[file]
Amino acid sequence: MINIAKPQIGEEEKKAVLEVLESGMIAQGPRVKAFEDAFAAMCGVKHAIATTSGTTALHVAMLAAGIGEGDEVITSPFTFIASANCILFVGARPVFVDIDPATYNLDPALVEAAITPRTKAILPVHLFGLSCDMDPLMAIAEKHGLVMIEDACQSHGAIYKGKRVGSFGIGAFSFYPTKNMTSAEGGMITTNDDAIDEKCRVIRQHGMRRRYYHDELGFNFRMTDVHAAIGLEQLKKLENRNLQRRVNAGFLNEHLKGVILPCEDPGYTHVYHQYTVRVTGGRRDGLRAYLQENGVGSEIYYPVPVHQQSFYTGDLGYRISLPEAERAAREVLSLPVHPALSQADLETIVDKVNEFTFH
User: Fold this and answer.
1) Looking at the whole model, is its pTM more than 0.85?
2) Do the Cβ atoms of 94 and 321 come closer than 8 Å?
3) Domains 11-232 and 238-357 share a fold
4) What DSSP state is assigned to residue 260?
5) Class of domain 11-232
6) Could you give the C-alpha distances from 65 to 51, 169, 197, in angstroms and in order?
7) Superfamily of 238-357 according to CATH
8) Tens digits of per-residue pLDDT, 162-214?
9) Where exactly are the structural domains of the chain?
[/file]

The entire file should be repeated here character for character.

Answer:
Amino acid sequence: MINIAKPQIGEEEKKAVLEVLESGMIAQGPRVKAFEDAFAAMCGVKHAIATTSGTTALHVAMLAAGIGEGDEVITSPFTFIASANCILFVGARPVFVDIDPATYNLDPALVEAAITPRTKAILPVHLFGLSCDMDPLMAIAEKHGLVMIEDACQSHGAIYKGKRVGSFGIGAFSFYPTKNMTSAEGGMITTNDDAIDEKCRVIRQHGMRRRYYHDELGFNFRMTDVHAAIGLEQLKKLENRNLQRRVNAGFLNEHLKGVILPCEDPGYTHVYHQYTVRVTGGRRDGLRAYLQENGVGSEIYYPVPVHQQSFYTGDLGYRISLPEAERAAREVLSLPVHPALSQADLETIVDKVNEFTFH
User: Fold this and answer.
1) Looking at the whole model, is its pTM more than 0.85?
2) Do the Cβ atoms of 94 and 321 come closer than 8 Å?
3) Domains 11-232 and 238-357 share a fold
4) What DSSP state is assigned to residue 260?
5) Class of domain 11-232
6) Could you give the C-alpha distances from 65 to 51, 169, 197, in angstroms and in order?
7) Superfamily of 238-357 according to CATH
8) Tens digits of per-residue pLDDT, 162-214?
9) Where exactly are the structural domains of the chain?